People can’t survive for very long without water, and neither can wildlife. If you have a stream, pond, or fountain, lucky you! If not, you’re like most suburban gardeners. If you don’t have a natural (or man-made) water source, you can meet the National Wildlife Federation’s water requirement with bird baths. This, however, is not the only way to supply water.
Instead of spending a lot of money on expensive bird baths, I leave low saucers out in my yard, such as those used underneath plants. These collect the water when it rains. To alleviate concerns about West Nile virus, I need to empty these saucers and refill them periodically.
A couple of years ago, I removed a patch of lawn that was the low spot in my yard and replaced it with a rain garden. This area, which was next to my driveway, flooded after every hard rain storm leaving a swampy mess. I replaced it with native plants that love moist soil. Now, instead of adding to the run-off that makes it into the sewer system, the water percolates slowly into the ground. And we have no more flooding problems.
My garden also incorporates cup plant (Silphium perfoliatum). The leaves of this plant collect water during each rainstorm. In the prairie, cup plant serves as a natural water source for wildlife.
Places to Raise Young
Wildlife need sheltered spots to raise their offspring or future generations will not survive. Much of what I planted that provides cover also serves as a place to raise young. But there are some additional steps I’ve taken to specifically provide places to raise young.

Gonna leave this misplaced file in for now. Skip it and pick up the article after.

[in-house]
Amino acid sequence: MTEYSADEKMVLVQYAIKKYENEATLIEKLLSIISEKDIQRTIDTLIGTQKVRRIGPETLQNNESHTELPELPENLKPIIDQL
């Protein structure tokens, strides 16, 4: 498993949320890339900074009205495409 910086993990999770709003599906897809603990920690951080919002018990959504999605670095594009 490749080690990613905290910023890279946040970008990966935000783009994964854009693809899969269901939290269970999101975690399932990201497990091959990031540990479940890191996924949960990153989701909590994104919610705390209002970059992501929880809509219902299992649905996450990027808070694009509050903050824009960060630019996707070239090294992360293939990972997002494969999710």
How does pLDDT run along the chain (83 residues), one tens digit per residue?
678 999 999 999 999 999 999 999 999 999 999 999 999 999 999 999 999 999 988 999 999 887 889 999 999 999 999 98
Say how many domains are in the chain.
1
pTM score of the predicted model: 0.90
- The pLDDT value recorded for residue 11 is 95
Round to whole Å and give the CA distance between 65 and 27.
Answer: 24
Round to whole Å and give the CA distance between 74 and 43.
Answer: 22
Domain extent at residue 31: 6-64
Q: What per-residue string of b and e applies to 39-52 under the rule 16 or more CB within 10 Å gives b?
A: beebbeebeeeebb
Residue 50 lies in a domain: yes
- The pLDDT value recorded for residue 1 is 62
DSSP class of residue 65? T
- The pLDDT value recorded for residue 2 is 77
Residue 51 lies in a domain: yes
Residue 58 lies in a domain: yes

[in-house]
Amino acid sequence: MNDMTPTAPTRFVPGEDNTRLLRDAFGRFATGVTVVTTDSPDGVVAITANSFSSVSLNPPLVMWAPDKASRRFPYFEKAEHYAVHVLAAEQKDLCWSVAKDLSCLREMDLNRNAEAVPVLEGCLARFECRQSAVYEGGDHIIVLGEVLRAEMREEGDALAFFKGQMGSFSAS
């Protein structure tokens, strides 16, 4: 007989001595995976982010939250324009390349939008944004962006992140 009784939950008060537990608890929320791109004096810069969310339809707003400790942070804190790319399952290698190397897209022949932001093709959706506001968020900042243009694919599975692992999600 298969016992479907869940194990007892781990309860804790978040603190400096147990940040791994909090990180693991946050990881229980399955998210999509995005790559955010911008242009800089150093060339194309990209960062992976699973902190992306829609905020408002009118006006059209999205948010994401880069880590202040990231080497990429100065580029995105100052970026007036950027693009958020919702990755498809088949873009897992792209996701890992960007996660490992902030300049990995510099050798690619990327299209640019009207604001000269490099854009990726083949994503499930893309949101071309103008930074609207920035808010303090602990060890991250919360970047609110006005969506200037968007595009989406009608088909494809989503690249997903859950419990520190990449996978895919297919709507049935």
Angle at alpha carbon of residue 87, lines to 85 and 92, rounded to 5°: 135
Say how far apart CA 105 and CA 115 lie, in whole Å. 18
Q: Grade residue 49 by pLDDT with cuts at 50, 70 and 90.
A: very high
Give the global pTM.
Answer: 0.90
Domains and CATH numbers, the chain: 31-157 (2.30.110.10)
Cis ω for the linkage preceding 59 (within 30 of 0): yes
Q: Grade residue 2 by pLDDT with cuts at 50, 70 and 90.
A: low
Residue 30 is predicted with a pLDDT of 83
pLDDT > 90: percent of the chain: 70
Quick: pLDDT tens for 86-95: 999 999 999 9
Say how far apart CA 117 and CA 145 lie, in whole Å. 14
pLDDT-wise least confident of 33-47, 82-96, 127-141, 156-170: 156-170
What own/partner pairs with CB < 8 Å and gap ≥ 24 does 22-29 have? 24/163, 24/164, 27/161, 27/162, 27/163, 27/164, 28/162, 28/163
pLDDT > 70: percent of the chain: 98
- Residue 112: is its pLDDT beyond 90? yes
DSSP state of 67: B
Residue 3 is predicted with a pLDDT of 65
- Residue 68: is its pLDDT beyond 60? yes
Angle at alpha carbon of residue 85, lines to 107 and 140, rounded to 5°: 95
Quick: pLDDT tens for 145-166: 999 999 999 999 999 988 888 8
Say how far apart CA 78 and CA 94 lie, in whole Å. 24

First, I’ve planted milkweed. Milkweed is the only source of food for caterpillars of monarch butterflies. Monarch butterflies cannot reproduce without milkweed. As we’ve replaced natural habitat (that included milkweed) with suburban lawns and agricultural areas, we’ve destroyed milkweeed plants. Gardeners can help reverse this trend and aid declining monarch butterfly populations by planting milkweed in their yards. Almost every year we find monarch caterpillars on our milkweed. We also find milkweed bugs, another species dependent on milkweed.
Second, I’ve added nesting boxes. These often attract bird families. It’s helpful to have several with each in a different location so that birds may choose the spot they like best. Some nesting boxes (birdhouses) are a cute garden ornament. If birdhouses are spaced far enough apart and food is plentiful, you may see more than one nesting pair.
Environmentally Friendly Landscape Management
The way you maintain your lawn and garden can have an effect on the local wildlife, your health, and the health of your neighbors. We hire a lawn service that uses non-toxic organic pesticides, and I garden organically without chemical fertilizers or pesticides. I don’t have a compost bin, but we use all of our fall leaves as mulch for the gardens and put none on the curb. When I have vegetable peelings such as corn husks, I use them as mulch in an unobtrusive spot in the garden. We leave our grass clippings on the lawn or use them as garden mulch.